If you live in, or visit, one of the many places in Texas that are popular for walking or bicycling, there are some important laws you need to know. Pedestrian laws are designed to help Texan’s stay safe on the roadway. Obeying traffic and pedestrian laws is the best way to prevent needless pedestrian accidents.
Pedestrian Laws Every Texan Needs to Know
Title 7 Chapter 552 of Texas Transportation Code details pedestrian laws. Here is a summary of the basic information you need to know:
Traffic Control Signals
Unless directed by a law enforcement or other official, pedestrians should remember the following:
- Pedestrians facing a green signal may cross a roadway within marked or unmarked crosswalks, unless the only green signal is a turn arrow.
- Pedestrians facing a red signal or yellow signal may not cross a roadway.
Pedestrians should always obey traffic signals displaying “wait”, “walk”, or “don’t walk”, such as the following:
- Wait – Pedestrians may not cross a roadway on a wait signal unless they are already crossing when it appears, then they should proceed to safety.
- Walk – Pedestrians facing a walk signal should proceed across the roadway. Vehicles in traffic must yield right-of-way to pedestrians with this signal.
- Don’t Walk – Pedestrians may not cross a roadway on a don’t walk signal. If they have partially crossed when this signal appears, they should proceed to safety.
Use of Crosswalks
Vehicles must yield right-of-way to pedestrians in crosswalks if:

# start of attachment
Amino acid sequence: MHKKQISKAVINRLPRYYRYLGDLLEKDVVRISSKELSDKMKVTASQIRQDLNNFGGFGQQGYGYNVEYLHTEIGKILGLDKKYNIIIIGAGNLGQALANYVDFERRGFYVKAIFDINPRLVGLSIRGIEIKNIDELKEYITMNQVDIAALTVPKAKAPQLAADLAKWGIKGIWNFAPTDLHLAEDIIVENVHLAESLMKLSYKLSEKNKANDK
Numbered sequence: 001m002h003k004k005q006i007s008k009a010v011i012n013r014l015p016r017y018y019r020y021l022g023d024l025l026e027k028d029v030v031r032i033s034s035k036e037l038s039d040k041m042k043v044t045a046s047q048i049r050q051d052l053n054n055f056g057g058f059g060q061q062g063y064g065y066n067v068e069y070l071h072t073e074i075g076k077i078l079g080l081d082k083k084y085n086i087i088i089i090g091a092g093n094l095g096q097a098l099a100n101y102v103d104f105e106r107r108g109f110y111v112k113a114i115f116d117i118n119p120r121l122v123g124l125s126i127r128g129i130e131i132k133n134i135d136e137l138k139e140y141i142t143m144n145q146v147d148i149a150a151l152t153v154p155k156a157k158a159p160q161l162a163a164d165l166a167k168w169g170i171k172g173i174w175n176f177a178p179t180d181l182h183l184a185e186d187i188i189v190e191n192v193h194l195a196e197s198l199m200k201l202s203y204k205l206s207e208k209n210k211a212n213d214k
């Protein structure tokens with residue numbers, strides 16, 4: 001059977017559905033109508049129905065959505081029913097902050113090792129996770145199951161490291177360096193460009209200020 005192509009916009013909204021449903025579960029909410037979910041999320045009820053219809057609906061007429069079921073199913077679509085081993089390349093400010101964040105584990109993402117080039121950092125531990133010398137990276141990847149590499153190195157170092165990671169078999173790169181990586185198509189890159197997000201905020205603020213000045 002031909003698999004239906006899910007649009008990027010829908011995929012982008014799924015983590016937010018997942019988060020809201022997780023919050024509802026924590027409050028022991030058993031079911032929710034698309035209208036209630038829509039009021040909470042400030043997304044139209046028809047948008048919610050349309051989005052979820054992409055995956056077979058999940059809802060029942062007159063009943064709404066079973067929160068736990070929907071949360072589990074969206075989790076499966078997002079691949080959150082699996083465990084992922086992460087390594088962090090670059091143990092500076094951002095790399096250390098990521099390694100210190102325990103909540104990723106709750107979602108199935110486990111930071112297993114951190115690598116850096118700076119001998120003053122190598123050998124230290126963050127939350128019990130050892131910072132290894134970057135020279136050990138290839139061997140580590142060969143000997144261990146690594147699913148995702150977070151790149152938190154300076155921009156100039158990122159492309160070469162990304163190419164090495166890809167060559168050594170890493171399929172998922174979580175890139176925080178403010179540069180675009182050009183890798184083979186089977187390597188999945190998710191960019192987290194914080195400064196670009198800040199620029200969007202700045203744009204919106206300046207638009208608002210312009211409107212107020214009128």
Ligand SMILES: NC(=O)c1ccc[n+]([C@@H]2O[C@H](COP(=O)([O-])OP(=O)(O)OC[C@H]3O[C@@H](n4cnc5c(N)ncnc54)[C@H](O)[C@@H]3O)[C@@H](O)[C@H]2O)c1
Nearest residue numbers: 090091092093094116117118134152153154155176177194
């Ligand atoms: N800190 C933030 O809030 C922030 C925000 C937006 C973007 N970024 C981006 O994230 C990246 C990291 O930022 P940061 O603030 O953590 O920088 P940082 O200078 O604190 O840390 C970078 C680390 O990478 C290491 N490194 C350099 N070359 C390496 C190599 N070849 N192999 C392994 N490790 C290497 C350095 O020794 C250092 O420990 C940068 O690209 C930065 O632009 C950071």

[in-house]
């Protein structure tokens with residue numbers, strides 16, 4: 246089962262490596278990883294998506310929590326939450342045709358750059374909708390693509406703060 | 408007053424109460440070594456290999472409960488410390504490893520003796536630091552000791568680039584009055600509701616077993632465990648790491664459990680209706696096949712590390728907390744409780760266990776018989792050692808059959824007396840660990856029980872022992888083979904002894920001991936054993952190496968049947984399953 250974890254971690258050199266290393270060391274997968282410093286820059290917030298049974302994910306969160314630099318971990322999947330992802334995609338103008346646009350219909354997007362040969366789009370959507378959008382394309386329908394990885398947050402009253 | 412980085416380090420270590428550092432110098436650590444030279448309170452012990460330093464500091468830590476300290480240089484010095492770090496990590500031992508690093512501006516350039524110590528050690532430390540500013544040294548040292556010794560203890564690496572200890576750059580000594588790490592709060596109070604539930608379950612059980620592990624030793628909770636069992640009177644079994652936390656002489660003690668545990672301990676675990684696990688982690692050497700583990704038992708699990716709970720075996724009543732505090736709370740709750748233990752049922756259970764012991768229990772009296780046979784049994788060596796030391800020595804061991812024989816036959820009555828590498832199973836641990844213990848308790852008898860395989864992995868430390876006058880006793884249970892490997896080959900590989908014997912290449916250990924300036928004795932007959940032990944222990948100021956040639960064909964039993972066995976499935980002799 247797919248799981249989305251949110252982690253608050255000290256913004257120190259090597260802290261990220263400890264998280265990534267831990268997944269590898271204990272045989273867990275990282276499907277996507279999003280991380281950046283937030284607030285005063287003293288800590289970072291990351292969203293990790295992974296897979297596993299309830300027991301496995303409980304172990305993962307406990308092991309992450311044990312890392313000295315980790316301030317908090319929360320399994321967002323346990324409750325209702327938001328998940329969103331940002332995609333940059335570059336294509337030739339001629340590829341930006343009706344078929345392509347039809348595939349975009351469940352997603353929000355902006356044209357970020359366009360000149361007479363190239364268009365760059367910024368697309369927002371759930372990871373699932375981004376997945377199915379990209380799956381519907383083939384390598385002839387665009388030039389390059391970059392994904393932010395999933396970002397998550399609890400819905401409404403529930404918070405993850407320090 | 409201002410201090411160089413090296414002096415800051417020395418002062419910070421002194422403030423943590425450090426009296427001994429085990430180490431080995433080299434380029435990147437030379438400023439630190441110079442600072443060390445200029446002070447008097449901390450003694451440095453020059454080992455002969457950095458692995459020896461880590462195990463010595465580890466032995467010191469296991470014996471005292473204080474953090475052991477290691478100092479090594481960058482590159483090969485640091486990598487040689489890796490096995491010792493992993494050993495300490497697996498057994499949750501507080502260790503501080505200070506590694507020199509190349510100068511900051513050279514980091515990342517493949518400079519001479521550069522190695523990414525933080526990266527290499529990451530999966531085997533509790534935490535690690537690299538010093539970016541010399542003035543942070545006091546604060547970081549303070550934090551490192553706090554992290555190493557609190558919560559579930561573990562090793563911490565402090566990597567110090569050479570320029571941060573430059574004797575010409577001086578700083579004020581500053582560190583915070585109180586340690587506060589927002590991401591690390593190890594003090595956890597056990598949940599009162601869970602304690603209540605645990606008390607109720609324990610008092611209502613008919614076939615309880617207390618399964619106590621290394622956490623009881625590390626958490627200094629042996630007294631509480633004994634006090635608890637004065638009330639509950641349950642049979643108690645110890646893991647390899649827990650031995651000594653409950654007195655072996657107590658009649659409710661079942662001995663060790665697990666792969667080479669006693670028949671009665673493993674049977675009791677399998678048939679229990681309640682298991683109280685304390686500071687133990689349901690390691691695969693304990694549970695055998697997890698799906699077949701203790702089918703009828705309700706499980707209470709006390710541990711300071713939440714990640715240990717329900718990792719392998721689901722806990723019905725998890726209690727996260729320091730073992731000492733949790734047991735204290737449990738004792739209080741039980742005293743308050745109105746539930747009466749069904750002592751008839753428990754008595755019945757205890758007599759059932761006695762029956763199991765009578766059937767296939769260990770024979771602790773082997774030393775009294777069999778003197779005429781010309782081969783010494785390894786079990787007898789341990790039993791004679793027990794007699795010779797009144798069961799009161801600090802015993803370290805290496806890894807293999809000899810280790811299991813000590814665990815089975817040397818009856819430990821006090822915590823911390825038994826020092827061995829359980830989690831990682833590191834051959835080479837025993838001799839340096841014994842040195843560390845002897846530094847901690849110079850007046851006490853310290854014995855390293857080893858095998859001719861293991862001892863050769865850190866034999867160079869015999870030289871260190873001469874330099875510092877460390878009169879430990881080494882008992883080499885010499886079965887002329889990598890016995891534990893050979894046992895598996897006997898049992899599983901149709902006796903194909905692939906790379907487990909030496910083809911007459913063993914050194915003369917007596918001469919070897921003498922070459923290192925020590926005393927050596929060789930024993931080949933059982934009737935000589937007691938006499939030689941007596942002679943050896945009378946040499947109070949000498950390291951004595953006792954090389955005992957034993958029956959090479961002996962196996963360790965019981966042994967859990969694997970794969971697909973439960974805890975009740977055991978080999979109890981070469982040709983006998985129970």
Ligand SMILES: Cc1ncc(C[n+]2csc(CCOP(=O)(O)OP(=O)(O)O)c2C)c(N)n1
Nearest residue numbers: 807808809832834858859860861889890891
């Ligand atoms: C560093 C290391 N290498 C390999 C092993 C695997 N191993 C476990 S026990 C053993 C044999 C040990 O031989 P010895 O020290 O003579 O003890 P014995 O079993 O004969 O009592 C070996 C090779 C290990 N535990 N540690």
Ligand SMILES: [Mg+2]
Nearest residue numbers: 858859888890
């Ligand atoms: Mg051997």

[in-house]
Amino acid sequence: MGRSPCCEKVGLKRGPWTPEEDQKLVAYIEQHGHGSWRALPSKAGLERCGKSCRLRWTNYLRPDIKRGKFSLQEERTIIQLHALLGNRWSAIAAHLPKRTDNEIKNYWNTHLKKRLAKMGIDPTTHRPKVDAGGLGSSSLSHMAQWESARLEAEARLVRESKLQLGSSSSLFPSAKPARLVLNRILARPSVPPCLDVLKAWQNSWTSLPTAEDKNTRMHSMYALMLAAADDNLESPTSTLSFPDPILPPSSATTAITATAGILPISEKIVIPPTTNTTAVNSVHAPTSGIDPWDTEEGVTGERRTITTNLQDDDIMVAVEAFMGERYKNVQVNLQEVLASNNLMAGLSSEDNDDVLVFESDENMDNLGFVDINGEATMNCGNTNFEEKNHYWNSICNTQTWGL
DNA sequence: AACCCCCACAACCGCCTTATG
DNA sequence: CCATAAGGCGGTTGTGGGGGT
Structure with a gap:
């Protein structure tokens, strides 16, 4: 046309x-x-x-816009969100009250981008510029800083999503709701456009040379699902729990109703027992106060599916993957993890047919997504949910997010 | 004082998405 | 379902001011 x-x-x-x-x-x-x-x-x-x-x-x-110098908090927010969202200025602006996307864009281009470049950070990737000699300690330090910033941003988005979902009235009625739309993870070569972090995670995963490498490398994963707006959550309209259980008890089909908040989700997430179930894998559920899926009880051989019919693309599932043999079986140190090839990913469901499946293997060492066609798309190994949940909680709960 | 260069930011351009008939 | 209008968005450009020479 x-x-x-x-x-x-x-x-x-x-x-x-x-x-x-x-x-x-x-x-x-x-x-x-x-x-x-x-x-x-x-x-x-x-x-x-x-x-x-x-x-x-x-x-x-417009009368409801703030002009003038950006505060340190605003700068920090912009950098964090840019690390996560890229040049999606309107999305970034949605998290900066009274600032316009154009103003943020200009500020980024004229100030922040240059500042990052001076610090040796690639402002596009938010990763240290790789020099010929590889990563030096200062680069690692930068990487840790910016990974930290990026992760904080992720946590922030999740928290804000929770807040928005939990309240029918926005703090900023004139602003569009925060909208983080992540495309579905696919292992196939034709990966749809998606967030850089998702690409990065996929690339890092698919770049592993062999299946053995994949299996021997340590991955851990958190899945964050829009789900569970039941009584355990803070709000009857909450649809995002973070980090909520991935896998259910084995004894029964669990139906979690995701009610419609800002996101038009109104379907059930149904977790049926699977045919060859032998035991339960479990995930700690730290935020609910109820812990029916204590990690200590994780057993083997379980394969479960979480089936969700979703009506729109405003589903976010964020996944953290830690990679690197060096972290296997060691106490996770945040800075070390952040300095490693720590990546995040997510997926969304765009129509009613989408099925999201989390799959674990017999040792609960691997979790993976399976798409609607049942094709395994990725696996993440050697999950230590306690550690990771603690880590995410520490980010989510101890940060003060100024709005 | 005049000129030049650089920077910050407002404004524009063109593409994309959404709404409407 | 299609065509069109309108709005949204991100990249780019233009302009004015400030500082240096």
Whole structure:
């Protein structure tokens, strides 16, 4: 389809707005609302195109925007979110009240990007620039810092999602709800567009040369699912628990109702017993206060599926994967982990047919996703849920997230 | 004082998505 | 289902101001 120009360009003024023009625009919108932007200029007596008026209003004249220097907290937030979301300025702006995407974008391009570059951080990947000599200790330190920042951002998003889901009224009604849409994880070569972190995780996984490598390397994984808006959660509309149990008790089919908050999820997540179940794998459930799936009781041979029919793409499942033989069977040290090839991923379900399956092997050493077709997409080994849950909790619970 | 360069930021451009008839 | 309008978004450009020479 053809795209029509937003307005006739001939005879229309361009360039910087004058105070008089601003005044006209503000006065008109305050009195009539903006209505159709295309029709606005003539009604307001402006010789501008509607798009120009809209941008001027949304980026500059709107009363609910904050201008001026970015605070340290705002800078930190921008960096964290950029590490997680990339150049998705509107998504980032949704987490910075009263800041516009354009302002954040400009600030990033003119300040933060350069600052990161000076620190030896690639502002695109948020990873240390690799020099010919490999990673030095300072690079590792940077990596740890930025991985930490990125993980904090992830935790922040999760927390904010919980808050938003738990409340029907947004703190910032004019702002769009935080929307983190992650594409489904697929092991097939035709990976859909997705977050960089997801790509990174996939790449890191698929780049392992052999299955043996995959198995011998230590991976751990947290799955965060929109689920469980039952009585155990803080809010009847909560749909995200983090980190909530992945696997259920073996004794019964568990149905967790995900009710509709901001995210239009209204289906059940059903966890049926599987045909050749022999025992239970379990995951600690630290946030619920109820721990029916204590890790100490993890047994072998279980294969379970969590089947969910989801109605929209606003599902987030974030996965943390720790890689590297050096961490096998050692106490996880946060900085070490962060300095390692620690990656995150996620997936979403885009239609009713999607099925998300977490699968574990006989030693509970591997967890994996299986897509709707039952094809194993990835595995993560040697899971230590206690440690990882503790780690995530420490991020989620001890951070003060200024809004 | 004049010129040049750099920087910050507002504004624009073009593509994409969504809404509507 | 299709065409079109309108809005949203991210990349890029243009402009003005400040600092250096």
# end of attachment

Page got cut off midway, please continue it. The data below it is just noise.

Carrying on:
- There is no control signal present or in operation
- The pedestrian is on the same side of the road as the vehicle
- The pedestrian is approaching the same side of the road as the vehicle at a rate that is unsafe
Pedestrians may not suddenly leave a curb or roadside into the path of a vehicle in close proximity that the vehicle is unable to stop. Vehicle operators must be aware of their surroundings when pedestrians are present. Vehicle operators cannot pass other vehicles that are stopped at a crosswalk.
Use of Sidewalks
If a sidewalk is accessible and available, a pedestrian may not walk on the roadway. If a sidewalk is not accessible or available, pedestrians must:
- Walk on the left side of the roadway (facing oncoming traffic)
- The shoulder of the roadway (facing oncoming traffic)
When there is a sidewalk accessible or available, vehicle operators must yield right-of-way to pedestrians.
Texas drivers have a duty to exercise care when operating vehicles. Part of that duty is exercising care related to pedestrians, such as the following:
- Exercising care to avoid collisions with pedestrians
- Using car horn to give pedestrians a warning when necessary
- Exercising proper observation and precautions when children or obviously incapacitated or confusing persons are on or near the roadway.
Unfortunately, even safe drivers and pedestrians are involved in auto accidents every day. After an accident, what is important is getting the help you need so you and your family can move forward.
To learn more about your rights as a pedestrian, or to get help filing a personal injury claim, contact Daic Law today. Call us at 877-893-6040, or send us an email at email@example.com.